Are you worried because you’re late paying your credit card bill? A late payment starts the process of credit card delinquency, but the good news is that you have options to fix this problem and potentially minimize the negative impact to your credit history as a result of missed payments.

Getting caught up on payments as soon as possible is the best way to get your account back in good standing and keep a healthy credit history. If you’re a Discover Cardmember, what you may not realize is that if you call us to discuss your situation, we might be able to offer assistance so you can get back on track.

In fact, if you get your account current within 30 days of your first missed payment, that late payment should not even show up on your credit report.

But if you don’t get caught up on payments and your credit card goes delinquent, you could face late fees, credit card suspension, account closure, and eventually the account being charged off as a bad debt.

Credit Card Suspension

When your credit card gets suspended, it simply means that your card issuer has stopped charging privileges on the card, but there are different kinds of suspension to be aware of.

A suspended account is not closed, but the card will be declined if you try to use it to pay for a purchase online or at a store, says nationally recognized credit expert John Ulzheimer. The credit card issuer suspends a delinquent account to help keep the total owed in check, according to Ulzheimer. “There’s no point in letting the consumer go deeper and deeper into debt,” he says.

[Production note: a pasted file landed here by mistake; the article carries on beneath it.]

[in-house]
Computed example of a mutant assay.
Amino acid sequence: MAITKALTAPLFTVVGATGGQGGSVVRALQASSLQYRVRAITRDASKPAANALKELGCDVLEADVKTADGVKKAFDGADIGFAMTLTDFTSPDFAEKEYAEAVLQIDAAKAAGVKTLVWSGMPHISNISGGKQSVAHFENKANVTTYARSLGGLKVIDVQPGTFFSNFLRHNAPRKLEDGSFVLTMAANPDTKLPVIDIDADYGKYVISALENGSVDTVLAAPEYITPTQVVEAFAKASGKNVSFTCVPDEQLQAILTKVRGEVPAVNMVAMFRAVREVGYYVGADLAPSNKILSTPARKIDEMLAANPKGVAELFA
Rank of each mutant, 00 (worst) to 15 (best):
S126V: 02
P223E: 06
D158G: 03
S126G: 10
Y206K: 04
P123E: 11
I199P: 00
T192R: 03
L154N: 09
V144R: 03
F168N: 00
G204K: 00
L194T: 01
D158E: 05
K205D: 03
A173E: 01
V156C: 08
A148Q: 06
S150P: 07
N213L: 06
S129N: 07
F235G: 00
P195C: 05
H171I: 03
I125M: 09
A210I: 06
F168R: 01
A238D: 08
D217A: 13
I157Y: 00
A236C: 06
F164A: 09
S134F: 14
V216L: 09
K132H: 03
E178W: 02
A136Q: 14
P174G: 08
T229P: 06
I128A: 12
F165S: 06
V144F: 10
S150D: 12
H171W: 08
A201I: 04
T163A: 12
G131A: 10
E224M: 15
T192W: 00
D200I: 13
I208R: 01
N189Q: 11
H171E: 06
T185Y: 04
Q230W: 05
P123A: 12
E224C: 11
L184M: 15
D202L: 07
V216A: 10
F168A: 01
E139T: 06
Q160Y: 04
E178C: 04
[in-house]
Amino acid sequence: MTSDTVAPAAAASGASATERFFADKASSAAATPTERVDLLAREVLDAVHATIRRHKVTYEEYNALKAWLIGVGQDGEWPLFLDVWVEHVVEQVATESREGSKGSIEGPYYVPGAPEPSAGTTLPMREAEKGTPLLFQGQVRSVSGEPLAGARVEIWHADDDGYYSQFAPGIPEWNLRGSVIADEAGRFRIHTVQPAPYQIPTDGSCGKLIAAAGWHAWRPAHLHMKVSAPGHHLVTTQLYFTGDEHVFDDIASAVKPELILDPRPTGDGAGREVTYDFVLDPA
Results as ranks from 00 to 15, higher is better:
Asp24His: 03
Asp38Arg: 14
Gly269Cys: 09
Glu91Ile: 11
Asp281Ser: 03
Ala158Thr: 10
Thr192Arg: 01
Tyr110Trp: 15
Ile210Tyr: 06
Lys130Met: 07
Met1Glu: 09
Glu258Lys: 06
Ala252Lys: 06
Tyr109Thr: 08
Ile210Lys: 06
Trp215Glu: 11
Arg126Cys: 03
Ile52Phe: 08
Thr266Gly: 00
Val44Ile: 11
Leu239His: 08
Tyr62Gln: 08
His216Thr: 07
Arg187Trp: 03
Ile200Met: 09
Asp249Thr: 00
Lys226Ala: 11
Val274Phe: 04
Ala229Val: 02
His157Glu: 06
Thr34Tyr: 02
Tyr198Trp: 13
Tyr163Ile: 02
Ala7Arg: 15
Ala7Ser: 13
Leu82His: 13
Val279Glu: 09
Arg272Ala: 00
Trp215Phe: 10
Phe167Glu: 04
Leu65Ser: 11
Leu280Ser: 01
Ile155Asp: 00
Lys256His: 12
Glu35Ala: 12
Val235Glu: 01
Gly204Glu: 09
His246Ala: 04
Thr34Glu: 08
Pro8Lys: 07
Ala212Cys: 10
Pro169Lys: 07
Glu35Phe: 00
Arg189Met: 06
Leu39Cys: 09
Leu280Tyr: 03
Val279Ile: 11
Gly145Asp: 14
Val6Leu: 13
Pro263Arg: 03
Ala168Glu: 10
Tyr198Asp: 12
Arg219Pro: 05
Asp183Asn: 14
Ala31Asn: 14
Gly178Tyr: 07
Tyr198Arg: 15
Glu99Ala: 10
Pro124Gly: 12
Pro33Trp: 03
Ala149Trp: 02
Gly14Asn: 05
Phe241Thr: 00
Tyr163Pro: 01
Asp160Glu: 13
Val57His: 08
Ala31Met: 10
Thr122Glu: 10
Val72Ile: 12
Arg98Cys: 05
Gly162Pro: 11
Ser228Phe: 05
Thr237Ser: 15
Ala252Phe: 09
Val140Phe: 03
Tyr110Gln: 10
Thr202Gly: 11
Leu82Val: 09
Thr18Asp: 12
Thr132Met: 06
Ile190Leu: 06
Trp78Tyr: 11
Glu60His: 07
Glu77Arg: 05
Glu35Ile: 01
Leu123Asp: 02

When does a credit card get suspended?

Again, there are different kinds of suspension that can happen at different times, and you may hear the term “suspension” be used interchangeably for these situations. For instance, a creditor may “stop” or “pause” purchase authorization, such as when a cardholder has reported the card as lost or stolen, and this is not necessarily dependent upon being past-due. Early in delinquency — perhaps in the first few days or months — the creditor can stop authorizing purchases to go through if you try to use your card. Later in delinquency — usually when you’re 3-4 months late — your creditor may suspend your account and certain actions are required to reverse the suspension. This may include making the full minimum payment in order to bring the account current again, and the creditor conducting a regular, systematic review of the account before it can be unsuspended.

How does card suspension affect your credit?

A card suspension isn’t considered a negative on its own, but it may lower your FICO® Score when paired with other negatives such as late payments, says Can Arkali, principal scientist of analytics and scores development at FICO.

Your payment history makes up 35 percent of your FICO® Score, so late payments may have a negative impact. “Payment history is one of the most important drivers of the FICO® Score,” Arkali says.

What can you do if your credit card account has been suspended?

The best way to get your account back in good standing and minimize some of the negative impact to your credit is to pay the required minimum payment plus the late fee, according to Ulzheimer. “You have to live up to your end of the obligation,” he says.